The Greater Depression - an Update
By Doug Casey
Jun 5, 2006
I recently shared some updated thoughts on the prospects for
a Greater Depression with readers of our International
Speculator newsletter. Given the increasing levels of volatility
sweeping global markets, I decided to give those thoughts a broader
airing, below, if for no other reason than to help those of you
in a position to rig for stormy weather get a sense of the gathering
Hopefully, I'll be wrong about what's coming. But the way I see
it, being aware and prepared follows the same basic logic as
personal gun ownership: better to have one and not need it, than
to need one and not have it. You get the idea.
It's been said that if you spend 15 minutes a year thinking about
the economy, you're wasting 13 minutes. That's generally true.
But as an amateur historian, I can't help myself. And I'm forced
to believe that this is a time when the subject is worth some
My view is that the longest, and certainly most important, trend
in history is the ascent of man. I have little doubt that it
will not only continue but accelerate. But that doesn't mean
there won't be nasty setbacks along the way. As I have said before,
possibly the best definition of a depression is a period when
most people's standard of living drops significantly. You can
also define it as a period when distortions in the economy and
misallocations of capital are liquidated. The distortions are
almost always the result of government intervention in the economy,
through things like taxes, regulation and currency inflation.
Those are the factors that caused the unpleasantness that began
in 1929. Since the government is exponentially more powerful
and invasive today than it was in either the 1920s or the 1970s,
I expect the consequences will be much worse this time around.
Things could have come unglued, and almost did, back in the 1970s.
I don't see how we'll dodge the bullet this time. Although that's
not really a good analogy, in that, for reasons we don't have
time to explore in depth, a depression is probably inevitable
The only serious question in my mind is whether it will be essentially
deflationary in nature, as it was the case in the U.S. in the
1930s, or inflationary like in Germany in the 1920s. My guess
is the latter because the government is so much more powerful
today. Or it could actually be both at once, in different sectors
of the economy.
Inflation could drive interest rates to 20%. This would collapse
the bond and real estate markets, wiping out trillions of dollars
of purchasing power - which is deflationary. Meanwhile, that
same inflation doubles the cost of food and fuel. In other words,
the opposite of what we've mostly had for the last generation,
when we had "good" inflation in stocks, bonds and property,
but stable or dropping prices in "cost of living" items.
This time the pattern could reverse, which would be a nightmare
for most people.
And as people become more focused on speculation in a generally
futile attempt to stay ahead of financial chaos, they inevitably
divert effort from economic production. Which will decrease the
general standard of living even more.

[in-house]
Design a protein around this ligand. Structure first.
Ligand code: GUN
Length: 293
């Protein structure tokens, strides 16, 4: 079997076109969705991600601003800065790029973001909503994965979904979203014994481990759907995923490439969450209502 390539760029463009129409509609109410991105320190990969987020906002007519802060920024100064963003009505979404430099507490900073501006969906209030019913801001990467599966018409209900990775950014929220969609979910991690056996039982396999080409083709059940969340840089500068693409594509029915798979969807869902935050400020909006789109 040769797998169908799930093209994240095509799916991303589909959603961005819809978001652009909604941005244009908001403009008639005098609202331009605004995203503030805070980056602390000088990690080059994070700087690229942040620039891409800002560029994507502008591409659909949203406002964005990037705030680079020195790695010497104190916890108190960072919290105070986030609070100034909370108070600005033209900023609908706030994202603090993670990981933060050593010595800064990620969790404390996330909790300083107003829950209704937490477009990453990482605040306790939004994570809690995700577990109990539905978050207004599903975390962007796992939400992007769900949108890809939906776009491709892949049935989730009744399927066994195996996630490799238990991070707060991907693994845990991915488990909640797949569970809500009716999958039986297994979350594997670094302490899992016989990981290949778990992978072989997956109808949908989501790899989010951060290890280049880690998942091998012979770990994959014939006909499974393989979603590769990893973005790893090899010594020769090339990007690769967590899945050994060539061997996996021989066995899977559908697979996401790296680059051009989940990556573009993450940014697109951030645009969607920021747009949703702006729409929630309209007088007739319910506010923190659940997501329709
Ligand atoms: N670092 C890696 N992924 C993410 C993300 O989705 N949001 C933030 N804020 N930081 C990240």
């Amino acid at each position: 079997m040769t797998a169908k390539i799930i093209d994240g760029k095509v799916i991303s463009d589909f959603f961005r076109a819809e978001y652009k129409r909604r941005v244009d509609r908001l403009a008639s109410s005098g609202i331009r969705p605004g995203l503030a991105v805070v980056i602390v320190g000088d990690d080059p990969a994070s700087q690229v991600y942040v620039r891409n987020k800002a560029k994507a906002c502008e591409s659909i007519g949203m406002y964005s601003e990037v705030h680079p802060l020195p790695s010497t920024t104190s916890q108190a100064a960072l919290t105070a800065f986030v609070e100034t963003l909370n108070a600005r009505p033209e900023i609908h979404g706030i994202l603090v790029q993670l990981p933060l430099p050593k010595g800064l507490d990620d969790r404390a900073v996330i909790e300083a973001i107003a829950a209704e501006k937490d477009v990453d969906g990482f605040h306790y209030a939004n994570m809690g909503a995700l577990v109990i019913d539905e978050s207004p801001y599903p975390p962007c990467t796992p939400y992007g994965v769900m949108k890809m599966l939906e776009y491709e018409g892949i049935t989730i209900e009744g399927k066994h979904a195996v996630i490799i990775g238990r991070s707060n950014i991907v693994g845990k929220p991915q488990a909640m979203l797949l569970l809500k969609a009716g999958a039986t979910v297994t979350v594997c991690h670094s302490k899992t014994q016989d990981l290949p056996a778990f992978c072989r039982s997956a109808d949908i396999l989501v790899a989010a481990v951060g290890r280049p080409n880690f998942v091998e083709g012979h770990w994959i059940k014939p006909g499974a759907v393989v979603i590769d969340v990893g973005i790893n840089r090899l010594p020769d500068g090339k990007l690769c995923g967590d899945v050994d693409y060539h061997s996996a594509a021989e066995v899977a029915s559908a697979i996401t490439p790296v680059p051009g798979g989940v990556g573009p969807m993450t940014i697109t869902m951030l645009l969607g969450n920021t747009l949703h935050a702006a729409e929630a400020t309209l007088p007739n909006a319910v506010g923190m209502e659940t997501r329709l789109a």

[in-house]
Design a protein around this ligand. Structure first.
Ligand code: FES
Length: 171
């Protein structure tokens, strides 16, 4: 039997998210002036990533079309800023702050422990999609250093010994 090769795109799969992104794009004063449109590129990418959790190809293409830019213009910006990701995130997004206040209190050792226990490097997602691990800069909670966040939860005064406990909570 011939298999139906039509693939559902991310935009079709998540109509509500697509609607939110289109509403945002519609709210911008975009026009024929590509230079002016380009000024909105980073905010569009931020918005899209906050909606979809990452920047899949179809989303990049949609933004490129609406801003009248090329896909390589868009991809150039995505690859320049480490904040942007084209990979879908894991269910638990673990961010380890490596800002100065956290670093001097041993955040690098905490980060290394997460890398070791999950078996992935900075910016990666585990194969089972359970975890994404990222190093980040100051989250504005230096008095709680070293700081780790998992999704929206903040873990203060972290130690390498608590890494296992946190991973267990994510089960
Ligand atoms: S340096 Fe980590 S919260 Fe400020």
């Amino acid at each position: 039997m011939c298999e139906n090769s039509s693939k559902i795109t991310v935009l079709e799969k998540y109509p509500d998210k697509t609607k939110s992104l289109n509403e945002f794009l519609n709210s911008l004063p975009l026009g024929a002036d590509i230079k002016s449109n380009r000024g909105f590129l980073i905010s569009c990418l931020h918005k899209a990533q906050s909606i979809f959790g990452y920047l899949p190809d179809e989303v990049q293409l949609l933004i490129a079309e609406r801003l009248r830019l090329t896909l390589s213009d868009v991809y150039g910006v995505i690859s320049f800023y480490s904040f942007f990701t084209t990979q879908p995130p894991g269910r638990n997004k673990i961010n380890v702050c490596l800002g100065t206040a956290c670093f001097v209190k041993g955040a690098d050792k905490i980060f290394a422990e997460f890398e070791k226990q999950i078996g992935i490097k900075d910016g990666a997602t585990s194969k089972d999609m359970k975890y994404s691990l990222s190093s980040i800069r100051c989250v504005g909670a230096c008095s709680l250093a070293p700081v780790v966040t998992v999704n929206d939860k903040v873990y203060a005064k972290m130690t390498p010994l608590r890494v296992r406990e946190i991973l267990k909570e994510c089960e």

The situation isn't made easier by the possibility that we're
facing Peak Oil - the start of a secular decline in world oil
production. Or the fact that Americans, both individually and
collectively, are deeply in debt and living on the kindness of
strangers. The problem with debt is that it artificially increases
our standard of living. But when we pay it off, especially with
interest, it reduces our standard of living in a very real way.
Wrap this economic environment around the so-called War on Terror,
which is rapidly morphing into the War on Islam, which could
easily turn into World War III, and you're looking at the perfect
storm. The odds of a major conflagration are very high, and it's
not being adequately discounted. If Bush starts a war against
Iran, or if another incident like that of 9/11 occurs, or even
if the trend of the last five years accelerates, the U.S. is
going to be locked down like one of its numerous new federal
penitentiaries. And that will be accompanied, and compounded,
by mass hysteria among Boobus americanus.
At that point, your investment portfolio will be among your lesser
concerns. People forget that, in every country and time, there's
a standard distribution of sociopaths and misdirected losers.
In normal times, they seem like normal people. But when the time
is right, they show their colors, and they love to get jobs with
the government, where they can lord it over their betters.
Is the Greater Depression really inevitable? How bad will
it be? Is there another side to the argument? Can it be avoided?
I suppose it's not absolutely inevitable. Perhaps friendly aliens
will land on the roof of the White House and present the government
with a magic technology that can undo all the damage it's done.
But we live in a world of cause and effect where actions have
consequences. That being the case, I expect truly serious financial
and economic trouble. And the government will make it vastly
worse by trying to "do something" instead of recognizing
itself as the cause and backing off. I don't see any way out.
How bad will it be? In historical terms, the last depression